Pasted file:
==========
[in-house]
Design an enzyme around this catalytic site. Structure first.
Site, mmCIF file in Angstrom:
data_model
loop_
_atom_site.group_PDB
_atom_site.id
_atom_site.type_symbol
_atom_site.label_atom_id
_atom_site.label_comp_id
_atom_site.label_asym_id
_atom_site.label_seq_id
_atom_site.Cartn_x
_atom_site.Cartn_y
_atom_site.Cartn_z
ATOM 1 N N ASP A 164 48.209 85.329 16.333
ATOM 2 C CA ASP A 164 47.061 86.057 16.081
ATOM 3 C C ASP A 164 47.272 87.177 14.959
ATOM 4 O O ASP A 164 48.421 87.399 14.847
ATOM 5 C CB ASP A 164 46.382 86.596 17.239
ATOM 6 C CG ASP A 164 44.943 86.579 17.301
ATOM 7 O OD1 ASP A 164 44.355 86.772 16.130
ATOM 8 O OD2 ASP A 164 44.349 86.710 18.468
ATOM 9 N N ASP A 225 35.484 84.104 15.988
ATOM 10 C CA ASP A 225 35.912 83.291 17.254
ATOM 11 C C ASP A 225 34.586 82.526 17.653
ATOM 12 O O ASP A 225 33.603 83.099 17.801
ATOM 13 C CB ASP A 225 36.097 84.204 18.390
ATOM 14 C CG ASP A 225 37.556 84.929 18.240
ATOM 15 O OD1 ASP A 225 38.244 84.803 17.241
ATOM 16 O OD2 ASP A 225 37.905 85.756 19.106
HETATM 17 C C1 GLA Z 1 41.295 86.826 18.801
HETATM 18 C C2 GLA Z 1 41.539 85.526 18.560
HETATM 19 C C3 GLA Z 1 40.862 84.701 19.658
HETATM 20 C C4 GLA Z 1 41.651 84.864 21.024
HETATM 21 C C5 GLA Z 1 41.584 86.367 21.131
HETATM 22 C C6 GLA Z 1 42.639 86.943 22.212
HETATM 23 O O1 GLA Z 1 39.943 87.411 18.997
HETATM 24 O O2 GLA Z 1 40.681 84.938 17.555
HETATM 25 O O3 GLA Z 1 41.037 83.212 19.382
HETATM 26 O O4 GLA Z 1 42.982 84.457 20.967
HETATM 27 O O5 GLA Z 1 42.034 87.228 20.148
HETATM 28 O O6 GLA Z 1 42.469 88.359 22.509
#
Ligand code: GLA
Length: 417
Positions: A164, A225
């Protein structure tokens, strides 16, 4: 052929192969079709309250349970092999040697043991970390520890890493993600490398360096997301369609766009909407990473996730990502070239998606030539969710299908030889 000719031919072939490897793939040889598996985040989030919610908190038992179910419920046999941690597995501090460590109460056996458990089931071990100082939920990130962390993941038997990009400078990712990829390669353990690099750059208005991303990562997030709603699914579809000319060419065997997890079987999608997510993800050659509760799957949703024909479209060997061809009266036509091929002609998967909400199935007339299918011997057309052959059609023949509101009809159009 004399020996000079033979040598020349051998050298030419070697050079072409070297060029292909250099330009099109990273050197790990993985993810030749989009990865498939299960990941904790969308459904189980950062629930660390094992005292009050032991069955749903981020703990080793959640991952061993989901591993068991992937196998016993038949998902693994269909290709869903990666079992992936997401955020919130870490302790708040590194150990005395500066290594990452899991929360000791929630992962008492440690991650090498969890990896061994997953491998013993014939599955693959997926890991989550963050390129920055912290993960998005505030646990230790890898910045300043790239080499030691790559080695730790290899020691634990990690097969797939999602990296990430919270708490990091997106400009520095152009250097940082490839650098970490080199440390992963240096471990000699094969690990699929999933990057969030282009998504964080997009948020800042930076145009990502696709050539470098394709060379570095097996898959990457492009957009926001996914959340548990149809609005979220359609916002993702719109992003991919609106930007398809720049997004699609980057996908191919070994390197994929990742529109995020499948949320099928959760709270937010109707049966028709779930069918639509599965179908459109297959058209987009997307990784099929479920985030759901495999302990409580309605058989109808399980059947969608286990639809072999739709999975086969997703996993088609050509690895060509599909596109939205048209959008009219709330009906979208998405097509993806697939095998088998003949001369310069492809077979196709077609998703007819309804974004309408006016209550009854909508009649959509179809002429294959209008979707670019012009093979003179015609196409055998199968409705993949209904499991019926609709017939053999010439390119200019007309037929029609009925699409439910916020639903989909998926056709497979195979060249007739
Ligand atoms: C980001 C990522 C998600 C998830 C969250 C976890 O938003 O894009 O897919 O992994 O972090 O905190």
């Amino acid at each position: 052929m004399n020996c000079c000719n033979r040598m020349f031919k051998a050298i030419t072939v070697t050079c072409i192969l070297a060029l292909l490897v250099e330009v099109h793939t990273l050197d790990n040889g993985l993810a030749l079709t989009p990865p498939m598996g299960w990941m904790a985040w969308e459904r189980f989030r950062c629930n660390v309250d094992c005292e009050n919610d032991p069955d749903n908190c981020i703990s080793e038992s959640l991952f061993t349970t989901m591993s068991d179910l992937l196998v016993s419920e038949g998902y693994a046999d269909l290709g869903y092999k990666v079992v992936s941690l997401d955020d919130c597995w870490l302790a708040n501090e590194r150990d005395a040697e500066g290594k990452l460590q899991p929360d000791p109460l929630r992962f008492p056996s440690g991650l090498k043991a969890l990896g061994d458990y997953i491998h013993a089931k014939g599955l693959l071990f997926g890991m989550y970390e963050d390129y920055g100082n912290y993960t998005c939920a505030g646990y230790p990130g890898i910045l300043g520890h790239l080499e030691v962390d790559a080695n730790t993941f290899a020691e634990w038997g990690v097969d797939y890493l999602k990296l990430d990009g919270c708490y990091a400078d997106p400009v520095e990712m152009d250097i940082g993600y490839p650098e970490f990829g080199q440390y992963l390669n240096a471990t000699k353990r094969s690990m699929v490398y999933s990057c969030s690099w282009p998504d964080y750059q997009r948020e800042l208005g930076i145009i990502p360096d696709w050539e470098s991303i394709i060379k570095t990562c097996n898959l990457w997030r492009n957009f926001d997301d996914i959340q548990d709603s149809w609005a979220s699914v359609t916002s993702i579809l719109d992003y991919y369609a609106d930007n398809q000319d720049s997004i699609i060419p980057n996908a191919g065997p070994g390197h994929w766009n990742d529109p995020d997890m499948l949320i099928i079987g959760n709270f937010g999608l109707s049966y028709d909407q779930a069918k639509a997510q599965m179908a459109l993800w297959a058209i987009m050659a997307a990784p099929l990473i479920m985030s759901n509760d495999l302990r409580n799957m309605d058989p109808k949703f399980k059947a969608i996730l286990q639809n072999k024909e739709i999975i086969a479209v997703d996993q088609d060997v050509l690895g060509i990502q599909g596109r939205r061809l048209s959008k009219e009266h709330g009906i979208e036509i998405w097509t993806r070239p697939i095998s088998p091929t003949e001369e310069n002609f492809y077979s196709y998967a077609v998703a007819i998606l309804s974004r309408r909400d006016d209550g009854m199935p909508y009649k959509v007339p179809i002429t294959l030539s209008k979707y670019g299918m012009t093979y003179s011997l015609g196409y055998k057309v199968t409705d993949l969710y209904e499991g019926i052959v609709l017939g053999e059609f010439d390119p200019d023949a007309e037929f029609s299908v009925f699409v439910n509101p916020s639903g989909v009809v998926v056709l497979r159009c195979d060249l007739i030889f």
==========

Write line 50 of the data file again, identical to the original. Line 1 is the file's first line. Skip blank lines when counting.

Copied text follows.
């Amino acid at each position: 052929m004399n020996c000079c000719n033979r040598m020349f031919k051998a050298i030419t072939v070697t050079c072409i192969l070297a060029l292909l490897v250099e330009v099109h793939t990273l050197d790990n040889g993985l993810a030749l079709t989009p990865p498939m598996g299960w990941m904790a985040w969308e459904r189980f989030r950062c629930n660390v309250d094992c005292e009050n919610d032991p069955d749903n908190c981020i703990s080793e038992s959640l991952f061993t349970t989901m591993s068991d179910l992937l196998v016993s419920e038949g998902y693994a046999d269909l290709g869903y092999k990666v079992v992936s941690l997401d955020d919130c597995w870490l302790a708040n501090e590194r150990d005395a040697e500066g290594k990452l460590q899991p929360d000791p109460l929630r992962f008492p056996s440690g991650l090498k043991a969890l990896g061994d458990y997953i491998h013993a089931k014939g599955l693959l071990f997926g890991m989550y970390e963050d390129y920055g100082n912290y993960t998005c939920a505030g646990y230790p990130g890898i910045l300043g520890h790239l080499e030691v962390d790559a080695n730790t993941f290899a020691e634990w038997g990690v097969d797939y890493l999602k990296l990430d990009g919270c708490y990091a400078d997106p400009v520095e990712m152009d250097i940082g993600y490839p650098e970490f990829g080199q440390y992963l390669n240096a471990t000699k353990r094969s690990m699929v490398y999933s990057c969030s690099w282009p998504d964080y750059q997009r948020e800042l208005g930076i145009i990502p360096d696709w050539e470098s991303i394709i060379k570095t990562c097996n898959l990457w997030r492009n957009f926001d997301d996914i959340q548990d709603s149809w609005a979220s699914v359609t916002s993702i579809l719109d992003y991919y369609a609106d930007n398809q000319d720049s997004i699609i060419p980057n996908a191919g065997p070994g390197h994929w766009n990742d529109p995020d997890m499948l949320i099928i079987g959760n709270f937010g999608l109707s049966y028709d909407q779930a069918k639509a997510q599965m179908a459109l993800w297959a058209i987009m050659a997307a990784p099929l990473i479920m985030s759901n509760d495999l302990r409580n799957m309605d058989p109808k949703f399980k059947a969608i996730l286990q639809n072999k024909e739709i999975i086969a479209v997703d996993q088609d060997v050509l690895g060509i990502q599909g596109r939205r061809l048209s959008k009219e009266h709330g009906i979208e036509i998405w097509t993806r070239p697939i095998s088998p091929t003949e001369e310069n002609f492809y077979s196709y998967a077609v998703a007819i998606l309804s974004r309408r909400d006016d209550g009854m199935p909508y009649k959509v007339p179809i002429t294959l030539s209008k979707y670019g299918m012009t093979y003179s011997l015609g196409y055998k057309v199968t409705d993949l969710y209904e499991g019926i052959v609709l017939g053999e059609f010439d390119p200019d023949a007309e037929f029609s299908v009925f699409v439910n509101p916020s639903g989909v009809v998926v056709l497979r159009c195979d060249l007739i030889f």